Hunter-Gatherer Responses to the "Early" African Humid Period ~15-12 ka
Recent paleoclimate studies indicate rainfall increased dramatically over many parts of northeastern and eastern Africa at the end of MIS 2 and the hyper-arid LGM ~14.7 ka, thereby marking the beginning of MIS 1 and the "African Humid Period" (AHP). These studies also suggest that not only should the "early" AHP be decoupled from the start of the Holocene some 3000 years later, it should also encompass the cooler, more arid Younger Dryas (12.9-11.7 ka). This paper explores two key questions: 1) can we identify archaeological evidence for hunter-gatherer activities in this region during the early AHP ~15-12 ka; and 2) if so are there technological, settlement, dietary and other behavioral changes that can be linked to climatic change or other possible causal mechanisms? A preliminary review of the early AHP archaeological record shows that despite a small data set and a limited number of chronometric ages, there appears to be few sites in the Nile Valley, while in eastern Africa there are substantially more. We conclude by discussing how a richer understanding of the early AHP archaeological record might better prepare and inform us of the significant human responses to the later part of the AHP ~12-5.5 ka.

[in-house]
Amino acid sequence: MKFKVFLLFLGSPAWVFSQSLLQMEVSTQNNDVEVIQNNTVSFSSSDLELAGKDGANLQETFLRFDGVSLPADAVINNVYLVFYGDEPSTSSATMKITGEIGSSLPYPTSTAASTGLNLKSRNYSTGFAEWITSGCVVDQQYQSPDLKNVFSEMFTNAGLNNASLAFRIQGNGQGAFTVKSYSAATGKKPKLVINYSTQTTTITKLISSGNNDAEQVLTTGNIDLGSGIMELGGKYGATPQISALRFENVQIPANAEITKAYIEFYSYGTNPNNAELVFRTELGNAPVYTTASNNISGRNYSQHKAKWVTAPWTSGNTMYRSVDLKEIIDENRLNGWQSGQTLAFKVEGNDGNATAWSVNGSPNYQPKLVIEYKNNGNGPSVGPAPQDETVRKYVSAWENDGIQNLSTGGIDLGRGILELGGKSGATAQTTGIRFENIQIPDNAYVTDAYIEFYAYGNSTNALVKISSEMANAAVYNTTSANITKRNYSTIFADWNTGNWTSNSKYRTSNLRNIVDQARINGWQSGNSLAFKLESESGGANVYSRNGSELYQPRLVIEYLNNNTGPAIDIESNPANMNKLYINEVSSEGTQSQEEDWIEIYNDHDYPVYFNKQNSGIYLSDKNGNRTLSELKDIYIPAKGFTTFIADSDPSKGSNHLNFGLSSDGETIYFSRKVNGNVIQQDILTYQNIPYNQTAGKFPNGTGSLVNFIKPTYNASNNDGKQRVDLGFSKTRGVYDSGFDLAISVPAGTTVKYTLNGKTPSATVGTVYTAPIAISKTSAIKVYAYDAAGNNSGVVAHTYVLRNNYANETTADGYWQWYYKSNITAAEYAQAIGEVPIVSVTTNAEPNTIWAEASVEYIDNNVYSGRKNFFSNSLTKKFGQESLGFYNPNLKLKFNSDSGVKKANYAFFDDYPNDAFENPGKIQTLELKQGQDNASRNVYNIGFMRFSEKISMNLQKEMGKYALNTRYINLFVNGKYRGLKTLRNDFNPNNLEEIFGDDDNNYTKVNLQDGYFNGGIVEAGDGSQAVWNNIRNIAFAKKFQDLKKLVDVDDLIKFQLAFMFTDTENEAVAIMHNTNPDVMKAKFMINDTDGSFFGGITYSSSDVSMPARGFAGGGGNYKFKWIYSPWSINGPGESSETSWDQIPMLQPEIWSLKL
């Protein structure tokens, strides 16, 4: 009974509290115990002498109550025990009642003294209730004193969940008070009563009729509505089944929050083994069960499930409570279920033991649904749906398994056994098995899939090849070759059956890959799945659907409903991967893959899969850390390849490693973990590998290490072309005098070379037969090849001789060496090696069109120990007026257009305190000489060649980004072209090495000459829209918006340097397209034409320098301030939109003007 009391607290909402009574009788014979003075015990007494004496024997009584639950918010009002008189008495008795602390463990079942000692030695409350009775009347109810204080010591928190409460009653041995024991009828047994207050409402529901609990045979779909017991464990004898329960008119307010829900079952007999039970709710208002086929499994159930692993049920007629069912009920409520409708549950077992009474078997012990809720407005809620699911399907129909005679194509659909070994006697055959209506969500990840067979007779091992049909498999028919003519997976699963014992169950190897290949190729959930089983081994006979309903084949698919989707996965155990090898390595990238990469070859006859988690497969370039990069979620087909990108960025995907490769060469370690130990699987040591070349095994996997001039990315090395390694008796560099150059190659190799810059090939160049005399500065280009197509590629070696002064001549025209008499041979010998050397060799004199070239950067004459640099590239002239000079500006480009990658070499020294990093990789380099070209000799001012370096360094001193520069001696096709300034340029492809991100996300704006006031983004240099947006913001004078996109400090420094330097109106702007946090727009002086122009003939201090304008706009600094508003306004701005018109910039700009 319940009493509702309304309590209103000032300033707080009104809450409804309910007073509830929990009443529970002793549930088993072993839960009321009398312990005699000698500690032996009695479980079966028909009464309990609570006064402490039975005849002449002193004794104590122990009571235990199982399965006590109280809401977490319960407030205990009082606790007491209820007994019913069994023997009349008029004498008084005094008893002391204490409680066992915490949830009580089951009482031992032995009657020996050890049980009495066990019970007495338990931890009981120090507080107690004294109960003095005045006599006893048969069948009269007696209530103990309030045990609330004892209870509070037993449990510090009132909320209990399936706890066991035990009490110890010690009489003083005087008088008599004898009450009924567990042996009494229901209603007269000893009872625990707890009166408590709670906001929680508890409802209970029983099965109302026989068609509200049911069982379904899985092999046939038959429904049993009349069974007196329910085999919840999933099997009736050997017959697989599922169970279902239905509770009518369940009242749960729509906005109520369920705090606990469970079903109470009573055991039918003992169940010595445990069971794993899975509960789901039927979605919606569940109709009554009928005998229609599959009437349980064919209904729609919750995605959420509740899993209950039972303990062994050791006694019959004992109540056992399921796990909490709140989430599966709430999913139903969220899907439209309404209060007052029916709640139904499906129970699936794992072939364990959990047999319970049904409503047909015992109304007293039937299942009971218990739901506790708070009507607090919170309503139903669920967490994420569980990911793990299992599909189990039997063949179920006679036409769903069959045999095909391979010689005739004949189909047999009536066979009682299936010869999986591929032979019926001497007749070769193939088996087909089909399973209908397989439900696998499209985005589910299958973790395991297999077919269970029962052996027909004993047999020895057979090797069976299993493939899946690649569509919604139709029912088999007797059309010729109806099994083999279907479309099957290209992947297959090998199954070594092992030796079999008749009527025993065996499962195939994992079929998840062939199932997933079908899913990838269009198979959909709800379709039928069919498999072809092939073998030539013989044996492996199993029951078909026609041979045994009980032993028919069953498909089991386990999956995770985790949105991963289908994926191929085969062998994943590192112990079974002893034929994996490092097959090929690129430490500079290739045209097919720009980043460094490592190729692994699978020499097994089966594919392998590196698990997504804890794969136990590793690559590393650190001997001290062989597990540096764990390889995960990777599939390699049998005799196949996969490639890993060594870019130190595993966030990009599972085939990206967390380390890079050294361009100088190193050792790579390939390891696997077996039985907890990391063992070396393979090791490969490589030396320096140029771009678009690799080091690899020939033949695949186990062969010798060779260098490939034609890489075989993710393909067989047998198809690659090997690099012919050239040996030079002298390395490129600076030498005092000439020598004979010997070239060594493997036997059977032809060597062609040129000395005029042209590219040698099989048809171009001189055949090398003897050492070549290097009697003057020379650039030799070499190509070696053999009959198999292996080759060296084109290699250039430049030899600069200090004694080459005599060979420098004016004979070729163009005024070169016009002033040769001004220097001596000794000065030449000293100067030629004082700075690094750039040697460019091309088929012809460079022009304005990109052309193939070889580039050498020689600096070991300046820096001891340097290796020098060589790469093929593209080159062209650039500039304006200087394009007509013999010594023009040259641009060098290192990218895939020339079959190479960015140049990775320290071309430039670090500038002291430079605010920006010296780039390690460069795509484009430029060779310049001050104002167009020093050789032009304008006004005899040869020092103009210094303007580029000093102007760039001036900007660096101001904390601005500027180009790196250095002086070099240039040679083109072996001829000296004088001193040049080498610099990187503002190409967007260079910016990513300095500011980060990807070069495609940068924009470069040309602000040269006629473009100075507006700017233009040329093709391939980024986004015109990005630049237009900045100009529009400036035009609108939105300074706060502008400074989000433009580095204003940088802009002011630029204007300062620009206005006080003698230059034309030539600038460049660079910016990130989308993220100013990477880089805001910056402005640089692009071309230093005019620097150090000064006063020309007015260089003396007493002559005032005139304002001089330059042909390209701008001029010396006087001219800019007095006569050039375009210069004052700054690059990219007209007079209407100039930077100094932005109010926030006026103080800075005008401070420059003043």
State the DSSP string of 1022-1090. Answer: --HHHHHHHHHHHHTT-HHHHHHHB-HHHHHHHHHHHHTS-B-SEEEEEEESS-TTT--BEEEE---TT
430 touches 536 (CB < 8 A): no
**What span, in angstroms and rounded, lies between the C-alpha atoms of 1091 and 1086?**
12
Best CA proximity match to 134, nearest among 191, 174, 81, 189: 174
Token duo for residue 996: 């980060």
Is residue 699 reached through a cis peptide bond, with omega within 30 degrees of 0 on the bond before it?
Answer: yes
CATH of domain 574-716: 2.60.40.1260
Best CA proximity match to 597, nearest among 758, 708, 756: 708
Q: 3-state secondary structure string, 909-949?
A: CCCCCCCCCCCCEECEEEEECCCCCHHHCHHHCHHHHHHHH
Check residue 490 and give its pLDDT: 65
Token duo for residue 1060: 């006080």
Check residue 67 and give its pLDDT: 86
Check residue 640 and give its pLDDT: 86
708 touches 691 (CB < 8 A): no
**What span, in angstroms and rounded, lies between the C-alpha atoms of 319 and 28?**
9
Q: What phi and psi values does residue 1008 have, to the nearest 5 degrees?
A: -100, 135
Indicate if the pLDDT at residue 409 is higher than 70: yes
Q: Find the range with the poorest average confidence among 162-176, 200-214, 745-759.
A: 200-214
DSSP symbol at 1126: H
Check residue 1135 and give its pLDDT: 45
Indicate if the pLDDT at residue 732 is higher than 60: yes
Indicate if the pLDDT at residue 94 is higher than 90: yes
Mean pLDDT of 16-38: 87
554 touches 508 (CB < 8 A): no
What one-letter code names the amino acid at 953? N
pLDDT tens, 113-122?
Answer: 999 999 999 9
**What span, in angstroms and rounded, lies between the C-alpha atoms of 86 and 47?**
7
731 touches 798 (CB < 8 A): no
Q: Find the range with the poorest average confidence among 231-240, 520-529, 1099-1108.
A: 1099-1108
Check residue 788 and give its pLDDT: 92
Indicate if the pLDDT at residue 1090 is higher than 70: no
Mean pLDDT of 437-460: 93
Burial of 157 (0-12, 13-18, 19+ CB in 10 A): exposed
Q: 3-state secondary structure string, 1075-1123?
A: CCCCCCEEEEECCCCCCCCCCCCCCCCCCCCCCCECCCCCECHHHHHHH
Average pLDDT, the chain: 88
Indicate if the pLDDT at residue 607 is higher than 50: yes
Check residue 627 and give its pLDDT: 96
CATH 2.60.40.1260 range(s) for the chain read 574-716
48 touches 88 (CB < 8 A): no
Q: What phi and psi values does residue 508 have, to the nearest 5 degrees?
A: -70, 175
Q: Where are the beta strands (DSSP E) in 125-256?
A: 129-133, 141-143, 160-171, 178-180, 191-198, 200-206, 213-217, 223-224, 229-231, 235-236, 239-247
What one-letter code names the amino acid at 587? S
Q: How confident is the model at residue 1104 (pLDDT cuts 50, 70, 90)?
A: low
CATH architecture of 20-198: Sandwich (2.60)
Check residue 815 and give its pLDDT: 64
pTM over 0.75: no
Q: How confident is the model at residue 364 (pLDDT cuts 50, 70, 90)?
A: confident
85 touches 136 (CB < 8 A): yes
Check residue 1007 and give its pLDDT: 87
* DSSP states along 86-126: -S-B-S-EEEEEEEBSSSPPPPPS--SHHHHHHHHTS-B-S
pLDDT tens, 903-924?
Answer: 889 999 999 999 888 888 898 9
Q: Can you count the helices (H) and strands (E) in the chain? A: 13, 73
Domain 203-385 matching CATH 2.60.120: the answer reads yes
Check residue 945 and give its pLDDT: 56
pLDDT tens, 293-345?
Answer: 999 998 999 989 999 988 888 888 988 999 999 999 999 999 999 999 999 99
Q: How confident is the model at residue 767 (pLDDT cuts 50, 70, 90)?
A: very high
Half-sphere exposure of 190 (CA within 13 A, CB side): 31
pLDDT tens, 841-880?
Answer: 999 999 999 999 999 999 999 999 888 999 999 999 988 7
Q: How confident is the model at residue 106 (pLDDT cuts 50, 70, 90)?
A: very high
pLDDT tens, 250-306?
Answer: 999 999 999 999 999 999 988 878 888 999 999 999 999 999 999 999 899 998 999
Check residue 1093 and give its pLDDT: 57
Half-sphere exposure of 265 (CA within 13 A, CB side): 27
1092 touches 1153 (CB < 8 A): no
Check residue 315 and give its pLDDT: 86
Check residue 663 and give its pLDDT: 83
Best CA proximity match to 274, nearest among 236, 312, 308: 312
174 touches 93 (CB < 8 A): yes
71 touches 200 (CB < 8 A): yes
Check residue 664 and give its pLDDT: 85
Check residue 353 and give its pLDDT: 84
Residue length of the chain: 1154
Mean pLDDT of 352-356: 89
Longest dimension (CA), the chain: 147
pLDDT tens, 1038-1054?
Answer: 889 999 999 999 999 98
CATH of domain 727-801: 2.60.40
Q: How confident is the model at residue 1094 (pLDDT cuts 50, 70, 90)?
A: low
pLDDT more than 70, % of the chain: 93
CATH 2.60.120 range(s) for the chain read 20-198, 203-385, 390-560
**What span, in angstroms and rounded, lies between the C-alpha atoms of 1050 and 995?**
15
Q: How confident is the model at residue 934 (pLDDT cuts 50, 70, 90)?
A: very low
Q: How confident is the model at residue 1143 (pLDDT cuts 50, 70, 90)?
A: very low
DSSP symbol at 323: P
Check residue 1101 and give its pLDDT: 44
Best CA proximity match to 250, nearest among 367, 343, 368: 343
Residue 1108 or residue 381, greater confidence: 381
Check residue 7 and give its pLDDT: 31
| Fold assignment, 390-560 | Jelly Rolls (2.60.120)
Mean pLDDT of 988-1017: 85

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Hunter-Gatherer Responses to the "Early" African Humid Period ~15-12 ka. Steven Brandt, Alice Leplongeon, Clément Ménard. Presented at The 82nd Annual Meeting of the Society for American Archaeology, Washington, DC. 2018 ( tDAR id: 444677)
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min long: 32.432; min lat: -5.003 ; max long: 54.053; max lat: 18.062 ;
Abstract Id(s): 21316